Professional Development

November 16, 2019

4 Ways to Support Struggling Readers with Comprehension

We spend a lot of time at the guided reading table coaching our students through growing their reading skills. Many times we get to the end, check for comprehension, and it seems like the little reader has no idea what they read. They are struggling with comprehension. Where am I going wrong? What am I not doing? What reading comprehension strategies should I teach? How do I support them and get them over this hill so they can truly enjoy reading and get lost in a story?

I have been there more times than I can count! I have 4 ways for you to support your struggling readers with comprehension.

1. Gather more information.

Conduct a formal comprehension interview (first grade and older). Jan Richardson’s site has a handy assessment you could use to get a more specific grasp of what reading comprehension strategy a student needs support with. Find it HERE. Then, take what you’ve learned and design a specific teaching point for that student.

2. Form a strategy group.

Guided reading groups can have students in it who are on different reading levels. If you have students on level C and D struggling with a specific area of comprehension, group them together to work on it. This is a wonderful way to scaffold readers as you are teaching reading comprehension strategies. I wrote a little more about flexible grouping HERE

Figuring out a guided reading schedule for your groups can seem tricky and can be confusing, but it doesn't have to be! Read about these 3 tips that will be sure to help you think through and give you some freedom in your groups!

3. Start teaching students to self-monitor for understanding by stopping and checking.

To do this, I place bookmarks throughout the book (scrap paper, index cards, post-its). When a student gets to the bookmark, they must stop, think, and retell what happened in the text. If they can’t, they go back and read again. If they can retell, they continue reading to the next bookmark and stop and think again. This puts responsibility for learning in the students’ hands and helps build stronger comprehension skills.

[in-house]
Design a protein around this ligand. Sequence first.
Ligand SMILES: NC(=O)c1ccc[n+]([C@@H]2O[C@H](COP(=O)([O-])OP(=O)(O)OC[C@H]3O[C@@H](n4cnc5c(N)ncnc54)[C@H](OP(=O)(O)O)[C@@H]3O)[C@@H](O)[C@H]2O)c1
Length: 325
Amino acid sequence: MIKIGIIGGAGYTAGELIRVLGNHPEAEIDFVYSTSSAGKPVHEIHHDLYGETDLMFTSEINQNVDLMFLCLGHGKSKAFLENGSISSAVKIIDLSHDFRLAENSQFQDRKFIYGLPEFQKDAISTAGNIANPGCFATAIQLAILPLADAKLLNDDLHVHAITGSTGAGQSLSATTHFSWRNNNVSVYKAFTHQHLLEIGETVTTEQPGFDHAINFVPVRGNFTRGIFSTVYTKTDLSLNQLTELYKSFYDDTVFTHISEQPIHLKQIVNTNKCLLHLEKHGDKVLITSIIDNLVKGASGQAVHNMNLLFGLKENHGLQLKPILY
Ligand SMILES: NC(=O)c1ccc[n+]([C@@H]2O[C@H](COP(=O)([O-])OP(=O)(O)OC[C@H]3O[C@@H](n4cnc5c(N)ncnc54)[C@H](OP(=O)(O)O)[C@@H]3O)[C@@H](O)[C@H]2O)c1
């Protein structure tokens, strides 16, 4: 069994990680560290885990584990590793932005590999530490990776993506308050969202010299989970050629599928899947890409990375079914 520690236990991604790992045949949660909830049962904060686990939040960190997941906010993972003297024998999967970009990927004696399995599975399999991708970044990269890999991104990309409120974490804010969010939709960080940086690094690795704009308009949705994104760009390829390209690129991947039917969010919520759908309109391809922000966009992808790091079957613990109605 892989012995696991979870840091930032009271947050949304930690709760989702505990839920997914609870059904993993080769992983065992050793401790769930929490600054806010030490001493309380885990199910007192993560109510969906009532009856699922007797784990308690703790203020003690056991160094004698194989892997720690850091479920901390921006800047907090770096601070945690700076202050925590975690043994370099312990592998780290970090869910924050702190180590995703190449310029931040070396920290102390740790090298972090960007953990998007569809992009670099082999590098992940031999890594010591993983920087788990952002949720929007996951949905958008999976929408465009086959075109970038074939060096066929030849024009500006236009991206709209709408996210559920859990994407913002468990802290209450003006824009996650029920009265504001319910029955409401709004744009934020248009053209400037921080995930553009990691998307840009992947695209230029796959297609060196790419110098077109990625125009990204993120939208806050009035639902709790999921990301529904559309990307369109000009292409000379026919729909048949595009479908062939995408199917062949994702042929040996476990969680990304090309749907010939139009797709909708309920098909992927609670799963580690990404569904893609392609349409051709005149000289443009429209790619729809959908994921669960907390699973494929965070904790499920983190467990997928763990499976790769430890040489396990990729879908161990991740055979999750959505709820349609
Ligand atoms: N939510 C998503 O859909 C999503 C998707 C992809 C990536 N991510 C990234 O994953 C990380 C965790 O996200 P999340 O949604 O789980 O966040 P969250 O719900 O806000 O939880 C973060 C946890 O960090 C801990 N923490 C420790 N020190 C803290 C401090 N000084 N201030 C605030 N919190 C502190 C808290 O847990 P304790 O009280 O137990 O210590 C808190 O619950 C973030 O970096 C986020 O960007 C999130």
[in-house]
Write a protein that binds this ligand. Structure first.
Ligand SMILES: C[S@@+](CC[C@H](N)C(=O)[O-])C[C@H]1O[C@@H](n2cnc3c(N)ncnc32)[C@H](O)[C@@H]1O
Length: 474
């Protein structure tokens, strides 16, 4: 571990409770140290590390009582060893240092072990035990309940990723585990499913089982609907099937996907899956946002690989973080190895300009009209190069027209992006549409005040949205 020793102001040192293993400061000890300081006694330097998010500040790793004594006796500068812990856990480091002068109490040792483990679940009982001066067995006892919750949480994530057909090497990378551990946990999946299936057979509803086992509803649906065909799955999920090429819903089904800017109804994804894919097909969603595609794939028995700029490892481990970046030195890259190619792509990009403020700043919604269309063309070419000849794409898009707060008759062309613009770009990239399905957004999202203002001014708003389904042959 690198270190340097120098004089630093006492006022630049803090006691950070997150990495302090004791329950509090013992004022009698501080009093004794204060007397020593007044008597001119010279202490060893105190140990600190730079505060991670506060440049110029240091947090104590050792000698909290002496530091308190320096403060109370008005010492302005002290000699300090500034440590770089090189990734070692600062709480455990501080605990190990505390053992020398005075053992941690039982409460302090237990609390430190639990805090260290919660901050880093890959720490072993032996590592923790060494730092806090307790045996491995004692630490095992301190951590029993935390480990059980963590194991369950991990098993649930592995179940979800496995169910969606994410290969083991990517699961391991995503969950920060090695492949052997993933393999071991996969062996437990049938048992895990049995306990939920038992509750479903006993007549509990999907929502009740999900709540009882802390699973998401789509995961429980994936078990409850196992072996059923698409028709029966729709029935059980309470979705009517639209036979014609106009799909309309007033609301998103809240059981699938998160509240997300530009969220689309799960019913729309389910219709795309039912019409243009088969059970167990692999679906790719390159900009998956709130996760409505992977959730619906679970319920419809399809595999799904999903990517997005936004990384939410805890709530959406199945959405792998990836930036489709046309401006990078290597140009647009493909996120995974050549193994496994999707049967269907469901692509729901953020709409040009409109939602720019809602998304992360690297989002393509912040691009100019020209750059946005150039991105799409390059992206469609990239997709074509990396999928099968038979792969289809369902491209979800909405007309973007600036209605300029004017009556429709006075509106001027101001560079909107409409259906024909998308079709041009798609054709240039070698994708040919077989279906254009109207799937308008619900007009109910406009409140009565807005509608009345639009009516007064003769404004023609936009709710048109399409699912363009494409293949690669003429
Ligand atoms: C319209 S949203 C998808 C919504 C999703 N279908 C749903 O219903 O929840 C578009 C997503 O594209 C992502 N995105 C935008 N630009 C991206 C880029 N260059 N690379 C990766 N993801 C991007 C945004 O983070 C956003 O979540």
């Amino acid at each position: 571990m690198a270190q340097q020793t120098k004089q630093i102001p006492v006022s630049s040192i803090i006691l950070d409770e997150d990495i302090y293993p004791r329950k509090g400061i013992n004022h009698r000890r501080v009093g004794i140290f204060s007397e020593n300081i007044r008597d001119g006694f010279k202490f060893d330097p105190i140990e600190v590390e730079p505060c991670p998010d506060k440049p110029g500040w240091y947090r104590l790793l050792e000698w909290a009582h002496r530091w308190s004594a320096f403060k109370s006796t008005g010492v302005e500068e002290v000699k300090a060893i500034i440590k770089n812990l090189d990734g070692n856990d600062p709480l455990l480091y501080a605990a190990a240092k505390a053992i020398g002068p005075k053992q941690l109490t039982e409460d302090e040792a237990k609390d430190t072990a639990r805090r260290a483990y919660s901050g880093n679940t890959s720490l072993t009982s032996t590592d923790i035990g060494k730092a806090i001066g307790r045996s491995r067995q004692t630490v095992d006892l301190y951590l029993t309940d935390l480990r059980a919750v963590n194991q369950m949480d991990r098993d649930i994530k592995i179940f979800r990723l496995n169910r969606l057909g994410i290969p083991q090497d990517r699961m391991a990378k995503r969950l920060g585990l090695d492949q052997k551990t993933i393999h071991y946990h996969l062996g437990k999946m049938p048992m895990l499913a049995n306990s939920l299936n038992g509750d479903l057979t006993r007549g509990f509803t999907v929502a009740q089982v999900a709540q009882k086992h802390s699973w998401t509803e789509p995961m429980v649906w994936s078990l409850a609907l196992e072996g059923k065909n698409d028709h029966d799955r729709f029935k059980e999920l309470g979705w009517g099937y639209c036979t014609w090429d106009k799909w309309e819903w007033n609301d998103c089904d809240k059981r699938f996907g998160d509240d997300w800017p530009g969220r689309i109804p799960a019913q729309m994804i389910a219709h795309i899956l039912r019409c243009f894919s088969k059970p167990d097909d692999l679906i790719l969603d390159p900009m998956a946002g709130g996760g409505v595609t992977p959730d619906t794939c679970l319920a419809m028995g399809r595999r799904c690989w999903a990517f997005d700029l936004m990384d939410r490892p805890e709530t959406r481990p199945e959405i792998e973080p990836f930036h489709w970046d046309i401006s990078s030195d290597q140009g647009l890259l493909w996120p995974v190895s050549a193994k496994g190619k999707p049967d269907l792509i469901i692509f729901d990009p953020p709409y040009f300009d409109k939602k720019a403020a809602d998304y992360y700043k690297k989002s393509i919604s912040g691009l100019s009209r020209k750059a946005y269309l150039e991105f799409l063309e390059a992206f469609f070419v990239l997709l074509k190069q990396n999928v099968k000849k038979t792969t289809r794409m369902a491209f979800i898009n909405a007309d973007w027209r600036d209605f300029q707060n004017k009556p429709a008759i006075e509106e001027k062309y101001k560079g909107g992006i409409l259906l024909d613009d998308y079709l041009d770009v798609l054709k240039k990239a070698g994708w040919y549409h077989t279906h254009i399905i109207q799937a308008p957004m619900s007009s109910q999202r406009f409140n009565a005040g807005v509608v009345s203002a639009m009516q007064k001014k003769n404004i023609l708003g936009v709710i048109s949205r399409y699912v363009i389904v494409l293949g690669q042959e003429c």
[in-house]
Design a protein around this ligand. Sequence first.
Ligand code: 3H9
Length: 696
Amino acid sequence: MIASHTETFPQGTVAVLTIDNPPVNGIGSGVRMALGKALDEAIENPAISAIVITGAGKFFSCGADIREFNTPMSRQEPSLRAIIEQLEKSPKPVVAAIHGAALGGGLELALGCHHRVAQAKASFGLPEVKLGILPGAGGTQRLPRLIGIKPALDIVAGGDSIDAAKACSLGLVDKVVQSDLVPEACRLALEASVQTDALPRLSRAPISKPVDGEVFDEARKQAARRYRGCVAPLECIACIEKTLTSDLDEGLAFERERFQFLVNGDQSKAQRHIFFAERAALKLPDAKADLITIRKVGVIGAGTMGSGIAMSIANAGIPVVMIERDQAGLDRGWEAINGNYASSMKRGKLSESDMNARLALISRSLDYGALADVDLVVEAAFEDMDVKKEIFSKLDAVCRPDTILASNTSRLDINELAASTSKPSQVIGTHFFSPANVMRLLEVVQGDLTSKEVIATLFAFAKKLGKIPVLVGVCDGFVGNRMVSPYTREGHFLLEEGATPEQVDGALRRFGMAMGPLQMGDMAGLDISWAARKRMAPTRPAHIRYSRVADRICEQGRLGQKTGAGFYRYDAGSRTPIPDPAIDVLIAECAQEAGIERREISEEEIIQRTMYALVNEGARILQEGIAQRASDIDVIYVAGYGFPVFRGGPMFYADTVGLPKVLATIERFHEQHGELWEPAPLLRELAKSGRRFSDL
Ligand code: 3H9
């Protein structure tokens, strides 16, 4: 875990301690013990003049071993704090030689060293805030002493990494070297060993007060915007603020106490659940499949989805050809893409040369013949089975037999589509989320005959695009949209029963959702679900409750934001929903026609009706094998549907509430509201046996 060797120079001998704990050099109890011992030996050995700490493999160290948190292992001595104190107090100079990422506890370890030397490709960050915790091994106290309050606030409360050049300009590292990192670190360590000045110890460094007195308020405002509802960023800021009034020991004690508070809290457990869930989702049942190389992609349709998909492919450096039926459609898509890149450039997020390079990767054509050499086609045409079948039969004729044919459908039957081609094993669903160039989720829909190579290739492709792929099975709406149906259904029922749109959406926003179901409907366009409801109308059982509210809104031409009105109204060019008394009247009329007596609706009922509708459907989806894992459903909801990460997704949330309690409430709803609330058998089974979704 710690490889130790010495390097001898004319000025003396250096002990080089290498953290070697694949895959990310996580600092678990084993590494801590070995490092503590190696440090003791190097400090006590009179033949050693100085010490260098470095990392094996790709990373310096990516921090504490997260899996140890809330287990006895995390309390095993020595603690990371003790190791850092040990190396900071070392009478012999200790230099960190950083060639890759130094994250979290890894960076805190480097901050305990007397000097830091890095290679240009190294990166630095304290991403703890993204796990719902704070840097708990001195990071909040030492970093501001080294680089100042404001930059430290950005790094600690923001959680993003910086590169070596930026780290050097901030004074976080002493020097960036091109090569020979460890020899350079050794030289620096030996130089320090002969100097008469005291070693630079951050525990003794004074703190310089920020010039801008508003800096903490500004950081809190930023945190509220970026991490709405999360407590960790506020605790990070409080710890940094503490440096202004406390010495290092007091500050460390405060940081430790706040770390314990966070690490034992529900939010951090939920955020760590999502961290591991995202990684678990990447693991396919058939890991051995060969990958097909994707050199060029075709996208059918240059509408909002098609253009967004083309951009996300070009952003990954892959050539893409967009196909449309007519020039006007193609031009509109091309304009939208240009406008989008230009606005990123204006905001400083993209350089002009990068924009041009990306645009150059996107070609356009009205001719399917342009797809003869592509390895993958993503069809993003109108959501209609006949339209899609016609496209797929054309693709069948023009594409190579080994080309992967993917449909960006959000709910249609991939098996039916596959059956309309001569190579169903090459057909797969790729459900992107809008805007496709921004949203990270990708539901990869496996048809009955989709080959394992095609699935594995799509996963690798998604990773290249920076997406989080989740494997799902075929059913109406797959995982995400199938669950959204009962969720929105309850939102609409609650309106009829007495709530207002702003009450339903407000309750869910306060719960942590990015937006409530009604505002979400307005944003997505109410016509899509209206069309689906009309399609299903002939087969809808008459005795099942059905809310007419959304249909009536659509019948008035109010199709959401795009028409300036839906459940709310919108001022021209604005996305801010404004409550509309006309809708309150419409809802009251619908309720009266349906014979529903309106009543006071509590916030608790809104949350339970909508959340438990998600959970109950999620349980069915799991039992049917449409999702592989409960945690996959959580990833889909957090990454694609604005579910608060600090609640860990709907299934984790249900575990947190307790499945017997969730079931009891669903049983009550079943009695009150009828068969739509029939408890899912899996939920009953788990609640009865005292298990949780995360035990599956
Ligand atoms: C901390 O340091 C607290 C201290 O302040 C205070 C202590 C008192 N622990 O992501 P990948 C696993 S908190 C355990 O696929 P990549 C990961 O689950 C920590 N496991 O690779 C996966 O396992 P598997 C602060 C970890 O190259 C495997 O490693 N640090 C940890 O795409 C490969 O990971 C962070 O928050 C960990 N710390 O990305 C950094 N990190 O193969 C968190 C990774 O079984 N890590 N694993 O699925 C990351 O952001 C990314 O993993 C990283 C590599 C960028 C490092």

4. Ask them to clarify vocabulary.

When students are struggling to comprehend, sometimes it’s because the vocabulary was unclear. I see that with my own little reader. Give them the sentence stem, “I didn’t understand…”. Let them clarify what vocabulary words or concepts they did not understand. From here, you can identify a teaching point and help them get on a path to understanding.

Giving students the tools and strategies they need is our way of helping them understand what they read. They can’t reach understanding without reading comprehension strategies. It simply is a must–whether it is during guided reading or reader’s workshop.

“Remember: the strategy is not the goal; constructing meaning is the goal.”- Jan Richardson

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If you are looking for more helpful tips for reading comprehension, you can check out THIS POST!

Happy Teaching,



Want to use the latest research to boost your readers during small groups? This FREE guide is packed with engaging ideas to help them grow!

Hi, I'm Amanda

I’m a K-1 teacher who is passionate about making lessons your students love and that are easy to implement for teachers.  Helping teachers like you navigate their way through their literacy block brings me great joy. I am a lifelong learner who loves staying on top of current literacy learning and practices. Here, you’ll find the tools you need to move your K-2 students forward!


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